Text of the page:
For some unknown reason, I received the January issue of Parents magazine in the mail the other day. At first, it just made me laugh because I could imagine the reaction of my fellow special needs parents to these headlines:
* Milestones Ahead! What to Expect This Year – Oh. Yes. We love these charts, don’t we?
* Help Your Baby Sleep Better – Sleep? What’s that like?
* Organize Your Home! – A 30-day calendar (with a house party on Day 31!) that assumes that my clutter can be conquered and my closets streamlined in just one month. This exercise must be intended for the stay-at-home parent whose kids are enrolled in boarding school.
* Mealtime Tips for Picky Eaters – Hahahahahahahaha.
* Raise a Kid with Good Manners – An essay on how to raise a “people person” – to encourage your child to put down her device and interact with the people in-real-life proximity instead. A laudable goal. One tip states: “Have a Staring Contest! See how long you can maintain eye contact with a family member. This exercise gets kids comfortable with looking at another person for a long time. Plus, they love it.” Huh. Yeah, right.
Clearly, Parents magazine is not for me.
To be fair, this isn’t a critique of Parents or other magazines like it. They have their purpose and they offer some valuable tips. I certainly don’t have all (any?) of the answers. My snarky response to this issue comes from my vantage point as the parent of a teenager with autism; I am not their intended audience. It’s just amusing how these articles are so obviously not for families like ours. When you’ve been to feeding clinics, you can’t help but laugh at the good (but still useless) advice to introduce new foods in small portions and at least 15-20 times. When you can rattle off a long list of retired sleep supplements and medications, those tips on how to maintain a soothing bedtime routine could cause some sleepless nights all on their own.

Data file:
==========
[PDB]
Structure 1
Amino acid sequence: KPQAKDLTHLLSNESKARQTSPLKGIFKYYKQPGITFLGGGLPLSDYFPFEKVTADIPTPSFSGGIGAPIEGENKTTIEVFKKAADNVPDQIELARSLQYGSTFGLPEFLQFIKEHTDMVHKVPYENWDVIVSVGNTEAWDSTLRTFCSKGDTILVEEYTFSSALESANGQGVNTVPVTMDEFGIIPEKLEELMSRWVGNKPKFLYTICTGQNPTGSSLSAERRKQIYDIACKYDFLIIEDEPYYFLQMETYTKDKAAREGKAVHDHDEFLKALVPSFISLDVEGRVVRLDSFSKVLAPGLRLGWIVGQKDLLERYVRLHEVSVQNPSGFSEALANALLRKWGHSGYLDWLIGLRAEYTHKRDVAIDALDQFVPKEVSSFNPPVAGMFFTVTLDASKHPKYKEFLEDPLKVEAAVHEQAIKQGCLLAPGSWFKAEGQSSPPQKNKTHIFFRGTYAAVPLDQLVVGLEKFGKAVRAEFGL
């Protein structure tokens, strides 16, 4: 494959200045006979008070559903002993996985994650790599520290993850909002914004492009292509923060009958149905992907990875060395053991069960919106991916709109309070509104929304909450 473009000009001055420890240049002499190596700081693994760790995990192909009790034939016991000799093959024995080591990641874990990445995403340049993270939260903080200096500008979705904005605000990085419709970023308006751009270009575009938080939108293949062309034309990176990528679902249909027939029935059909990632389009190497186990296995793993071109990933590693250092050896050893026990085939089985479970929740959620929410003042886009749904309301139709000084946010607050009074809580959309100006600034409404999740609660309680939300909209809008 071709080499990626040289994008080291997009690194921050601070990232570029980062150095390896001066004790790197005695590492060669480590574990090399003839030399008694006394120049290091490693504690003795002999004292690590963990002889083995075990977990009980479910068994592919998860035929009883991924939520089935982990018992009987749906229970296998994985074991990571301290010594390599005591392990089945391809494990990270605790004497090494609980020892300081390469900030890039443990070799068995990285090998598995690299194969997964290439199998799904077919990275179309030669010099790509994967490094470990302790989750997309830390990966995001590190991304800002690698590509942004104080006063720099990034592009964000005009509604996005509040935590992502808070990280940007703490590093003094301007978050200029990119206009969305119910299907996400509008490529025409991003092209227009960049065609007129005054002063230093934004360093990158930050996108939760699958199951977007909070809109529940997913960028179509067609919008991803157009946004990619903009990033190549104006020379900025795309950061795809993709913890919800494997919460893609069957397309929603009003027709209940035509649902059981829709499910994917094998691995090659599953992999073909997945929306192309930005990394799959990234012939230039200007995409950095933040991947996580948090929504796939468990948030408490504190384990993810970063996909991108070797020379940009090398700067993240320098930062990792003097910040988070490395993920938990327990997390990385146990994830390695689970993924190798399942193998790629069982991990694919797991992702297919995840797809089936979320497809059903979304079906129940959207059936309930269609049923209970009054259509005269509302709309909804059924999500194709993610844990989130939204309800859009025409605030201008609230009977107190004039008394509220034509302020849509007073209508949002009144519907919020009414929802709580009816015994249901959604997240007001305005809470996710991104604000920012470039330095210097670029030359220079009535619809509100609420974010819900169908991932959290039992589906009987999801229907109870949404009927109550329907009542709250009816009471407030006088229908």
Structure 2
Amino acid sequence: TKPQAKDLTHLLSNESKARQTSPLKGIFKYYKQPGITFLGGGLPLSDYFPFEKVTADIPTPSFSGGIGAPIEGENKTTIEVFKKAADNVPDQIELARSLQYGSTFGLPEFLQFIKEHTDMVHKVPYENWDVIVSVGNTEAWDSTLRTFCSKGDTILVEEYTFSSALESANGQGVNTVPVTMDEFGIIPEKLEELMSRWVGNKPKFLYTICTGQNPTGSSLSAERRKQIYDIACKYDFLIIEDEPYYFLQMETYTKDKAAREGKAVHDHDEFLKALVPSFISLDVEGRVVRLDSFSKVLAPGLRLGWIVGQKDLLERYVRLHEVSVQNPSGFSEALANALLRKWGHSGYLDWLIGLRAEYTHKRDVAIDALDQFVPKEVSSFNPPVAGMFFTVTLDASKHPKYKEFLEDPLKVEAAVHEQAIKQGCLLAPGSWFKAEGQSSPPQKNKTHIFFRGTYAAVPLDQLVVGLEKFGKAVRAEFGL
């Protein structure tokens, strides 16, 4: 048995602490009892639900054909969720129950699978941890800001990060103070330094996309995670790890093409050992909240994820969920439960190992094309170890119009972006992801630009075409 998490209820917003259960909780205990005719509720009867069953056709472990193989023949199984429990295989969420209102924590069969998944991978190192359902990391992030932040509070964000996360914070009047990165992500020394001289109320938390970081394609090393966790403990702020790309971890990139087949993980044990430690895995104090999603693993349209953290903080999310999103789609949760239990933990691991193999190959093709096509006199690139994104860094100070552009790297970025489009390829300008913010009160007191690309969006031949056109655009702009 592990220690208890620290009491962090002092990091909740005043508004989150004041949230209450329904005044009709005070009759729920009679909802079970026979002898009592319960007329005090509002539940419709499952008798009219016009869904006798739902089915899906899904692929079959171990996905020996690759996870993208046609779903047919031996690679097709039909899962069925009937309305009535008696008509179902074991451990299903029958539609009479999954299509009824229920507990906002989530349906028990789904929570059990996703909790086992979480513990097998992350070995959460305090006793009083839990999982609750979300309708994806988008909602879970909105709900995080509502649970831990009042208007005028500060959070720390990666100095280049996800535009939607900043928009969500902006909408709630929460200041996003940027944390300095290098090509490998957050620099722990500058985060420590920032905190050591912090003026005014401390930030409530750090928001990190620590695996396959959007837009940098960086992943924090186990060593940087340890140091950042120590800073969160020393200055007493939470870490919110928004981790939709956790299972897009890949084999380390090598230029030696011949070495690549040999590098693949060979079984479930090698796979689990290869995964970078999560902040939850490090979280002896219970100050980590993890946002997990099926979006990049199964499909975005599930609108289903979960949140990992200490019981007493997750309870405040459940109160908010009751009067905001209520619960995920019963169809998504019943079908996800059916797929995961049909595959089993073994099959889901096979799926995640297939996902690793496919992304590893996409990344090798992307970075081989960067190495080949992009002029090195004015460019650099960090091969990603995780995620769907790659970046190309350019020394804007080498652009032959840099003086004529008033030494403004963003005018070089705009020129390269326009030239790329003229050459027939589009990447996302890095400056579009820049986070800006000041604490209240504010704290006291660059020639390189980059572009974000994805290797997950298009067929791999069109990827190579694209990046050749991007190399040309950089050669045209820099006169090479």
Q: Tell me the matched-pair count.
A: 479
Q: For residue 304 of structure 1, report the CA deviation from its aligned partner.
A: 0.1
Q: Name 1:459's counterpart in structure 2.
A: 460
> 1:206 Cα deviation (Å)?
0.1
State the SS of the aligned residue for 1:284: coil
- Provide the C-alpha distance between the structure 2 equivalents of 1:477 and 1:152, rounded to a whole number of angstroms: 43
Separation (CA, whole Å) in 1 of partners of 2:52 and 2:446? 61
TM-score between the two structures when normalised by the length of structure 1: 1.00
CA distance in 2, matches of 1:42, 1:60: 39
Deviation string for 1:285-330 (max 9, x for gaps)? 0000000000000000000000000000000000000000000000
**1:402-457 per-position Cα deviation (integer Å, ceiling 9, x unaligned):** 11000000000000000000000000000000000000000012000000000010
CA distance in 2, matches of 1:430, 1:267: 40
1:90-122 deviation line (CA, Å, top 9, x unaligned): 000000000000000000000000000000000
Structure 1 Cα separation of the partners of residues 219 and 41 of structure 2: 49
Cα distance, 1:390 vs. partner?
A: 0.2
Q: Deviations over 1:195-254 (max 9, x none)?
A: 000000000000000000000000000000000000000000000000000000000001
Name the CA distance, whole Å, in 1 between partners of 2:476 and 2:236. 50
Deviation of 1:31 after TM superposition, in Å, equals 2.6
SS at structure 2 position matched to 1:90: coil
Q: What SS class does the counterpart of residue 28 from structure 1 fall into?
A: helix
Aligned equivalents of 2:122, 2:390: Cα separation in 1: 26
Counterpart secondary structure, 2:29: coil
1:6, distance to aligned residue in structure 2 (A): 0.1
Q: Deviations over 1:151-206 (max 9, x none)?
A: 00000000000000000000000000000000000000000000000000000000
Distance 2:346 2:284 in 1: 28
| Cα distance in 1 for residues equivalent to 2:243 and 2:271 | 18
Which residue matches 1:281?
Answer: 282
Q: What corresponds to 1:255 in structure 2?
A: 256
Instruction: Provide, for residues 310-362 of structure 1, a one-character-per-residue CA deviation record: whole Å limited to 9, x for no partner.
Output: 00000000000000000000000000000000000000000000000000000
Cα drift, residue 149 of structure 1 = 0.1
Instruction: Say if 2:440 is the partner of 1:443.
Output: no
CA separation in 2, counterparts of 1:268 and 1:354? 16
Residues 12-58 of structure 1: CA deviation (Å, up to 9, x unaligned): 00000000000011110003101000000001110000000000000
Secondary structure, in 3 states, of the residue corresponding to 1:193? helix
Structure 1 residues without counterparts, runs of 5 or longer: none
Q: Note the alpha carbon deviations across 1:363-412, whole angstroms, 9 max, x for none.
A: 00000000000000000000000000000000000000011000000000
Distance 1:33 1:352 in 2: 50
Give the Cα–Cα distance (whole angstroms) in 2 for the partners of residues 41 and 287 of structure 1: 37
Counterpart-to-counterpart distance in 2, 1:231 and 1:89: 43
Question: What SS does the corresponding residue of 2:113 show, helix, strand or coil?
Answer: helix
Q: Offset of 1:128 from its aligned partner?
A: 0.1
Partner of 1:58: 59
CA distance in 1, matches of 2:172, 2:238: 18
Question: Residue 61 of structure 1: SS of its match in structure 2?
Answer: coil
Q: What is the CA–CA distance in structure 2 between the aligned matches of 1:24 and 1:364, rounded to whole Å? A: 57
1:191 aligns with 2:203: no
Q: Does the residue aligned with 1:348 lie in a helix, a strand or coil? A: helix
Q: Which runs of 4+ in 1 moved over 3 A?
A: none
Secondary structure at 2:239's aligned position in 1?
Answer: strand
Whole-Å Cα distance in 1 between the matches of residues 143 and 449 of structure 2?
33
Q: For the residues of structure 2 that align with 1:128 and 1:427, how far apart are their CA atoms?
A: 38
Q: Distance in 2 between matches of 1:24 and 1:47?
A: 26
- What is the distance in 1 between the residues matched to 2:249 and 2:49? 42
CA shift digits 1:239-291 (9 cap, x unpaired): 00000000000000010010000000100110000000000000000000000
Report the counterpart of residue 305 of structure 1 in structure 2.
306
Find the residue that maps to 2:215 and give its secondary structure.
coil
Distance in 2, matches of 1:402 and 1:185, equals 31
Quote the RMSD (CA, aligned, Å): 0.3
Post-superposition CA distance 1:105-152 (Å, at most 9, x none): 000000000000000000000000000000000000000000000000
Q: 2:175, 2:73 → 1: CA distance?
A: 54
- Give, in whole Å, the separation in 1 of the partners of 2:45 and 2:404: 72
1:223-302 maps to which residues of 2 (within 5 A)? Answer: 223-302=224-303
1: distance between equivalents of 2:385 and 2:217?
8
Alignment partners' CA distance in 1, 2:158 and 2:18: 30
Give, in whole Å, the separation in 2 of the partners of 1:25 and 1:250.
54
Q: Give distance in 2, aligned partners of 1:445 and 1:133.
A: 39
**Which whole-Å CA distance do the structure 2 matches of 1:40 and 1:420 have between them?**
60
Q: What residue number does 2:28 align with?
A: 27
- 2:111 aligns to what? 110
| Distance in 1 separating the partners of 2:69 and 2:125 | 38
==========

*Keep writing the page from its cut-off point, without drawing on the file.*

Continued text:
I laugh now, but I do remember a time when magazines like this would cause me more anxiety than amusement. These tips are helpful for new parents. Except when they are not. I know there are parents out there now reading this magazine who are getting the feeling that something about it ain’t “right” for them. I can too easily recall what it was like to read these magazines when my son was a toddler, before he had an official diagnosis. I didn’t know what autism was, but I knew that my son wasn’t talking like all those other kids who were beginning to say the darnedest things. My attempts to copy those cute art projects, bonding family activities, and skill-building lessons seemed to always fall short of the glossy models in the magazines. Their fabulous advice felt more like parenting-fail checklists than positive support. Comparison is the thief of joy and all that.
But after my son’s diagnosis helped to explain why magazines like Parents felt irrelevant, I soon discovered a whole world of special needs families that confirmed that there’s more than one ideal way to raise a child. I could feel safe to ignore most of those quick “easy” tips for creative play dates and teaching manners, and forget those awful “fun” games like staring into each other’s eyes. And, those Milestones charts? Trust me, no one can tell you what to expect this year.
My unique, quirky kid defies almost every piece of advice in this magazine. I’m OK with that. I take comfort in knowing that he’s not the only one.